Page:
Docket: All documents in the electronic docket are listed in the RME index at http://docket.epa.gov/​rmepub. Although listed in the index, some information is not publicly available, i.e., CBI or other information whose disclosure is restricted by statute. Certain other material, such as copyrighted material, is not placed on the Internet and will be publicly available only in hard copy form. Publicly available docket material are available either electronically in RME or in hard copy at the Regulatory Development Section, Air Planning Branch, Air, Pesticides and Toxics Management Division, U.S. Environmental Protection Agency Region 4, 61 Forsyth Street, SW., Atlanta, Georgia 30303-8960. EPA requests that if at all possible, you contact the person listed in the FOR FURTHER INFORMATION CONTACT section to schedule your inspection. The Regional Office's official hours of business are Monday through Friday, 8:30 to 4:30, excluding federal holidays.

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FOR FURTHER INFORMATION CONTACT:

Anne Marie Hoffman, Regulatory Development Section, Air Planning Branch, Air, Pesticides and Toxics Management Division, U.S. Environmental Protection Agency, Region 4, 61 Forsyth Street, SW., Atlanta, Georgia, 30303-8960, Phone (404) 562-9074. E-mail: hoffman.annemarie@epa.gov.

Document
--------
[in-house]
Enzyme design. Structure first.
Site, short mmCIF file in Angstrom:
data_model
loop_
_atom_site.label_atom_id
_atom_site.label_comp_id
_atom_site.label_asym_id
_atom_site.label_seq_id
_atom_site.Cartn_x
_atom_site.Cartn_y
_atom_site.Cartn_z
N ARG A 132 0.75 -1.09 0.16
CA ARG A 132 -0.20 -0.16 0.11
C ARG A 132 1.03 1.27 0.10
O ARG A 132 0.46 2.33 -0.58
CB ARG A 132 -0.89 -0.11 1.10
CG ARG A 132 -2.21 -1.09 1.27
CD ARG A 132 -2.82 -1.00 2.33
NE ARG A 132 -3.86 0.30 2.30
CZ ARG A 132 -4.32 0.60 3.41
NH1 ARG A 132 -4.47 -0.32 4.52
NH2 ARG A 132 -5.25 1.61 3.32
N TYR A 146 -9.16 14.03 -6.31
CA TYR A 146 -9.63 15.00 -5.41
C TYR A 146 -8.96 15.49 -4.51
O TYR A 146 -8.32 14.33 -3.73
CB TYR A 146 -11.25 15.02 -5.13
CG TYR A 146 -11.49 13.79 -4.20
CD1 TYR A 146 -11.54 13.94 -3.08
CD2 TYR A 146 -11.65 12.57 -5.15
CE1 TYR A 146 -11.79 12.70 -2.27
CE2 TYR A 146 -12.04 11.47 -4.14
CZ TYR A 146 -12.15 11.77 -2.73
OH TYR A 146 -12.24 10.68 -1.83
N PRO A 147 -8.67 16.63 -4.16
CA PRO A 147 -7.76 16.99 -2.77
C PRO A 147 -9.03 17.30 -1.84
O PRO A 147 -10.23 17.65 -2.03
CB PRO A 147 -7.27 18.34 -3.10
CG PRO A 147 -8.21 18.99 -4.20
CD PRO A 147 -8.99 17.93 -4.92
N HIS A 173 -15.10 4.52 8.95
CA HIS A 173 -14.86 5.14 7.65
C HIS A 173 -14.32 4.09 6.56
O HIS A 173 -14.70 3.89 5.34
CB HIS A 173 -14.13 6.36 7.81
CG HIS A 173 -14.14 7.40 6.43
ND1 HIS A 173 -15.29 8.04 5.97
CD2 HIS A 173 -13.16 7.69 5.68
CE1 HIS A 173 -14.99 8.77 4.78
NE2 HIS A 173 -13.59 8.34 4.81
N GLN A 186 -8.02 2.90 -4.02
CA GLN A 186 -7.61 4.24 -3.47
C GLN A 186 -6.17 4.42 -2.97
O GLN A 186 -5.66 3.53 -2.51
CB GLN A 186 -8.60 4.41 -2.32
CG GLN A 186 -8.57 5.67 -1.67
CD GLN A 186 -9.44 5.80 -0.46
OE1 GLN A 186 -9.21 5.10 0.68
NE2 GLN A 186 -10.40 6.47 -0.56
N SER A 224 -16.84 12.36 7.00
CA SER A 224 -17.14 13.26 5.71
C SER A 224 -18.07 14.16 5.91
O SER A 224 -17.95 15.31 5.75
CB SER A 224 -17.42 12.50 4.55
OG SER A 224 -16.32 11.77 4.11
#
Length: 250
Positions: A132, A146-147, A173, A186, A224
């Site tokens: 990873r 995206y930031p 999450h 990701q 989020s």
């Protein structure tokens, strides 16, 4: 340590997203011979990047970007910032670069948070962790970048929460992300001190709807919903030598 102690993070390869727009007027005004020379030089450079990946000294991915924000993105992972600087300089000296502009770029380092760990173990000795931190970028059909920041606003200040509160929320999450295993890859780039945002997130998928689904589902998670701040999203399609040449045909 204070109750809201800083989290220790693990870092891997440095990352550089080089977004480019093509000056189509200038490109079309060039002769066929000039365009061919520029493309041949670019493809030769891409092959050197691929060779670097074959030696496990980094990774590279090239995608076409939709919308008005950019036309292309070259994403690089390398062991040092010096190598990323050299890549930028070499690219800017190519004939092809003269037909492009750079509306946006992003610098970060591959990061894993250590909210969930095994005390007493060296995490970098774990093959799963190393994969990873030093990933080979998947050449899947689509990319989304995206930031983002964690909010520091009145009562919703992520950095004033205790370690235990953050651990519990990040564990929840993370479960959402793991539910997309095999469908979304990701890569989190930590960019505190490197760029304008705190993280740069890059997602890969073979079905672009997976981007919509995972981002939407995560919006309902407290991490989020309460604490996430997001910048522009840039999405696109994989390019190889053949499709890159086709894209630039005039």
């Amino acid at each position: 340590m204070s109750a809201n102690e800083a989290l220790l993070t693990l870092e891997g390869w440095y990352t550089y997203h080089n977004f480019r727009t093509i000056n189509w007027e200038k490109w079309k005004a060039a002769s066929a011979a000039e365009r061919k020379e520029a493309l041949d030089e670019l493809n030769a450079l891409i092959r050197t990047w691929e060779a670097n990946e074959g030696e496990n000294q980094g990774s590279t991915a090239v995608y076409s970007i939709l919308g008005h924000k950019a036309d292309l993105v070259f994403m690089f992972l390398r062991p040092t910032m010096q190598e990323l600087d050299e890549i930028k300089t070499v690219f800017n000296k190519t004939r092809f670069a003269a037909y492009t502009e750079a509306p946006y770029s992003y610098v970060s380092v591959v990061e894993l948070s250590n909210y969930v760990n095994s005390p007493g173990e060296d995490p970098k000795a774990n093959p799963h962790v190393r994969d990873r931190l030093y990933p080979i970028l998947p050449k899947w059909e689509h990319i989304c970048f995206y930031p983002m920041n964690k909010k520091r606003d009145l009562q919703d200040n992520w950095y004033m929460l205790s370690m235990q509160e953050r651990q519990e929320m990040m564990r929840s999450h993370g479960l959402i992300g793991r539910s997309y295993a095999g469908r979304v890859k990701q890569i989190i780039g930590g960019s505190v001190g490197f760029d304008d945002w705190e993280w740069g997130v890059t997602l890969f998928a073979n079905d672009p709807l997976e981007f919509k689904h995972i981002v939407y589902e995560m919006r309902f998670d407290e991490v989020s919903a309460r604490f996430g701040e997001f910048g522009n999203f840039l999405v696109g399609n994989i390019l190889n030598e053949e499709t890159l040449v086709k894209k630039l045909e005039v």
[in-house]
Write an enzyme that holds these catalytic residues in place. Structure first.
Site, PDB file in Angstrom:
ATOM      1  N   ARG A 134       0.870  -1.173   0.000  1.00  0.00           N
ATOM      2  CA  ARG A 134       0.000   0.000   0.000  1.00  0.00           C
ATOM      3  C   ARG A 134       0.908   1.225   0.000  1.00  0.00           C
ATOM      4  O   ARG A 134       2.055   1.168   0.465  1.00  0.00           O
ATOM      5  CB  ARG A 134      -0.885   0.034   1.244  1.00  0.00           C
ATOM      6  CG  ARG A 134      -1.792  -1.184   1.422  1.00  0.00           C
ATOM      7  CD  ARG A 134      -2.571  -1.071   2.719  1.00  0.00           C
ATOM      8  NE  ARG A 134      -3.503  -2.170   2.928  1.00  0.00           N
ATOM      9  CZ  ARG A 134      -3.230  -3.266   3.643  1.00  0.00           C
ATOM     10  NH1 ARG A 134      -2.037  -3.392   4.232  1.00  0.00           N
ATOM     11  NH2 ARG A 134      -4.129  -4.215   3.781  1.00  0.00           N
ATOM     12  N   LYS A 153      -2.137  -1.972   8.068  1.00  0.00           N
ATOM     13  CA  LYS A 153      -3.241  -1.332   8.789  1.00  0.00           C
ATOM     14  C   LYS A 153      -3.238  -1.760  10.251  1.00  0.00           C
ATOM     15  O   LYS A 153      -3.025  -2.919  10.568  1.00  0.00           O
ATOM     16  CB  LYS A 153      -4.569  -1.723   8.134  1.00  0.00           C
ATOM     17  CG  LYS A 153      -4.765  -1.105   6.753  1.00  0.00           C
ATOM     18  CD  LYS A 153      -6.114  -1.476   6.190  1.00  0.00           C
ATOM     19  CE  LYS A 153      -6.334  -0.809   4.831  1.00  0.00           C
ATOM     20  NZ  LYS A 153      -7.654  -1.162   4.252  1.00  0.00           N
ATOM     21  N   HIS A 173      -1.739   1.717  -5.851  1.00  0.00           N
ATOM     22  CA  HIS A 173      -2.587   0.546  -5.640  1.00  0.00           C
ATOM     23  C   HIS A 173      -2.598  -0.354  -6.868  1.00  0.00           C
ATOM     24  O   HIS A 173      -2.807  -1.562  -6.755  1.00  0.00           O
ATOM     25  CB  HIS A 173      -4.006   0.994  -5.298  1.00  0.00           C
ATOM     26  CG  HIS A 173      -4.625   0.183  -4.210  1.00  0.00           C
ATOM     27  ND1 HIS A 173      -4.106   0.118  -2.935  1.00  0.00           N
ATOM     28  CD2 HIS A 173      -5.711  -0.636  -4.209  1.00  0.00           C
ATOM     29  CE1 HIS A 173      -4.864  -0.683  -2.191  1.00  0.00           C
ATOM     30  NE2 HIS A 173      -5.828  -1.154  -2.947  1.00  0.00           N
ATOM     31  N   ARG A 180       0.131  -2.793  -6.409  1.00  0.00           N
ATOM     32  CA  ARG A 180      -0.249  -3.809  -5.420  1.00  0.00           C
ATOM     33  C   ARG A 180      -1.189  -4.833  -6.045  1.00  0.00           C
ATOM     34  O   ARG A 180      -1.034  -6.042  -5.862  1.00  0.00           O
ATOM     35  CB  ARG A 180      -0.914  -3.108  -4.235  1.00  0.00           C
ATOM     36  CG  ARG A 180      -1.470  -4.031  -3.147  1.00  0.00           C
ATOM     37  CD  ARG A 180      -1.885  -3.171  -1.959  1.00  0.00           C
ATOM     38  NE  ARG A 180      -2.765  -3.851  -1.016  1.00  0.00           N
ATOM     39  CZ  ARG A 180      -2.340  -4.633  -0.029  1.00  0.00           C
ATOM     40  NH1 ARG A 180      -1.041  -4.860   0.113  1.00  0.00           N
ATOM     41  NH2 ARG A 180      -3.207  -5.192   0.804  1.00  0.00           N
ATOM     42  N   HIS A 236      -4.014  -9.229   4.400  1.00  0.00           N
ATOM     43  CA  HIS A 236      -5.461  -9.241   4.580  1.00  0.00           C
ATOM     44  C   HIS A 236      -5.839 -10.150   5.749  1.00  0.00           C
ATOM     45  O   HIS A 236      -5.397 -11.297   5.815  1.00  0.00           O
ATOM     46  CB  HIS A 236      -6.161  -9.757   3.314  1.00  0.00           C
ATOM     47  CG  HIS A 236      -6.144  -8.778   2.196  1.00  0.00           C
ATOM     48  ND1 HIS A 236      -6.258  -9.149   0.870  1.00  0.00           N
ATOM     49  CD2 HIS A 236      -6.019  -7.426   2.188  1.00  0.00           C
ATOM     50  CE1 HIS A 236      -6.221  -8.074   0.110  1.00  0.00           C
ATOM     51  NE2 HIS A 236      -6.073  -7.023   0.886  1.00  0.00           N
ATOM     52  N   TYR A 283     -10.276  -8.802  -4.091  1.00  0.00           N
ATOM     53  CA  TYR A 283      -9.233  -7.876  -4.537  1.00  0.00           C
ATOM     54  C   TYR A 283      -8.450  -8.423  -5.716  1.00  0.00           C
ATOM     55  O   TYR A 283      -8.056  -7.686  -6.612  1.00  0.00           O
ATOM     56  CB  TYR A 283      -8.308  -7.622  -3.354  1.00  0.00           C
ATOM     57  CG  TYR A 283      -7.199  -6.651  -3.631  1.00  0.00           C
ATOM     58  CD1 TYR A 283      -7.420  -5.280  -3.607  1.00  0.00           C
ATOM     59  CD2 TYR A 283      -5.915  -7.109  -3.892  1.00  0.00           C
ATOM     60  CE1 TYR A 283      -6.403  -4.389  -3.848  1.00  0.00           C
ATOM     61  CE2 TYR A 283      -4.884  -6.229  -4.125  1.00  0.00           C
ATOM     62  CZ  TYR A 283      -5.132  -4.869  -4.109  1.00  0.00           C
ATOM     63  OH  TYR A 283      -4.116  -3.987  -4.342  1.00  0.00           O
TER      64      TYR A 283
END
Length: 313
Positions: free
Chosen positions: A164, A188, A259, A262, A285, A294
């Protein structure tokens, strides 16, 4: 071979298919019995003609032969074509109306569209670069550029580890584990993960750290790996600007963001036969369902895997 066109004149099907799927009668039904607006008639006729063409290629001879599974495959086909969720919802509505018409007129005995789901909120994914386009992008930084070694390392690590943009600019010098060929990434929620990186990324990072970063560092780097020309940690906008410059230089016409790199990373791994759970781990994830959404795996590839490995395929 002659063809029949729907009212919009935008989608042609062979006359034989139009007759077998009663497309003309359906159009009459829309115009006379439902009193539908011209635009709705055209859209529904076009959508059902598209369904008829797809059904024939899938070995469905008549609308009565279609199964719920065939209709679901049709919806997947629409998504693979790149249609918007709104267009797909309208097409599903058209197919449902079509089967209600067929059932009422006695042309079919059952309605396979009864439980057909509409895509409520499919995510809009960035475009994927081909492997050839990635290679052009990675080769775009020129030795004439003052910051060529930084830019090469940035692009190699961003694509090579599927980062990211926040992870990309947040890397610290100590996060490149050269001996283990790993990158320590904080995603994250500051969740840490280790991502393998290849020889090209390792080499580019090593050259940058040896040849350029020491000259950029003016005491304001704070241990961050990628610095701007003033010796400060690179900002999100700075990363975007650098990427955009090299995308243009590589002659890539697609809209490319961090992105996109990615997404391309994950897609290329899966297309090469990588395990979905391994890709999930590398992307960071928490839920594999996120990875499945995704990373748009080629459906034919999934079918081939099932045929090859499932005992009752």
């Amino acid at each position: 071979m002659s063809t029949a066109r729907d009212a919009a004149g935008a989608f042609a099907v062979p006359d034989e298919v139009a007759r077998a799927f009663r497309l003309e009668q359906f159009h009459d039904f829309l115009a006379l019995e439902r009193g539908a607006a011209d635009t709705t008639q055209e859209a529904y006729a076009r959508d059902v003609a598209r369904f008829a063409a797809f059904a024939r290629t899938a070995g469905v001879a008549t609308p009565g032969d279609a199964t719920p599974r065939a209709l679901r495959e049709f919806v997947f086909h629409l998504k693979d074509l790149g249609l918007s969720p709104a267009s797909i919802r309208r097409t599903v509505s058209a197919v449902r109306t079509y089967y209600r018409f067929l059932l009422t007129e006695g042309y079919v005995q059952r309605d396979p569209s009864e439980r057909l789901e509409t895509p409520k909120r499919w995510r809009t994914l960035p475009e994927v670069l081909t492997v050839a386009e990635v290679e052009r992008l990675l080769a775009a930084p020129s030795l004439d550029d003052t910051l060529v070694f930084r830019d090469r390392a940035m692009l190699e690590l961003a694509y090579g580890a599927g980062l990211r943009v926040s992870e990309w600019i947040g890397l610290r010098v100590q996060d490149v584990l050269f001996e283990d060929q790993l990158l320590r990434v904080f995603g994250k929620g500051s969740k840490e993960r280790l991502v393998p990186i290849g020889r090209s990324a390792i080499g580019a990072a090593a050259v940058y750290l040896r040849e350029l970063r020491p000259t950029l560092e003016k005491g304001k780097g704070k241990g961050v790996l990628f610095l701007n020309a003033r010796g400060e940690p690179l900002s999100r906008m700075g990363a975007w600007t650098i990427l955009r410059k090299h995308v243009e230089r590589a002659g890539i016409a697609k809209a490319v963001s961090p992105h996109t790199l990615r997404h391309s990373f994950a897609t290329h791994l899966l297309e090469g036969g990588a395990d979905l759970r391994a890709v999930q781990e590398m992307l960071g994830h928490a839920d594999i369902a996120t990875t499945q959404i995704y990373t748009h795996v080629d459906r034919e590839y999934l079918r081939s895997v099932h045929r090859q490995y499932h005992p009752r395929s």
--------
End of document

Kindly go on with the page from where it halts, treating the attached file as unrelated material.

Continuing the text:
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SUPPLEMENTARY INFORMATION:

Table of Contents

I. What Is the Background for This Action?

II. What Is EPA's Analysis of the Nashville Area's Second 10-Year Maintenance Plan?

III. What Is EPA's Action on the Nashville Area's Second 10-Year Maintenance Plan?

IV. What Is an Adequacy Determination and What Is EPA's Adequacy Determination for the Nashville Area's New MVEBs for the Year 2016?

V. Statutory and Executive Order Reviews

I. What Is the Background for This Action?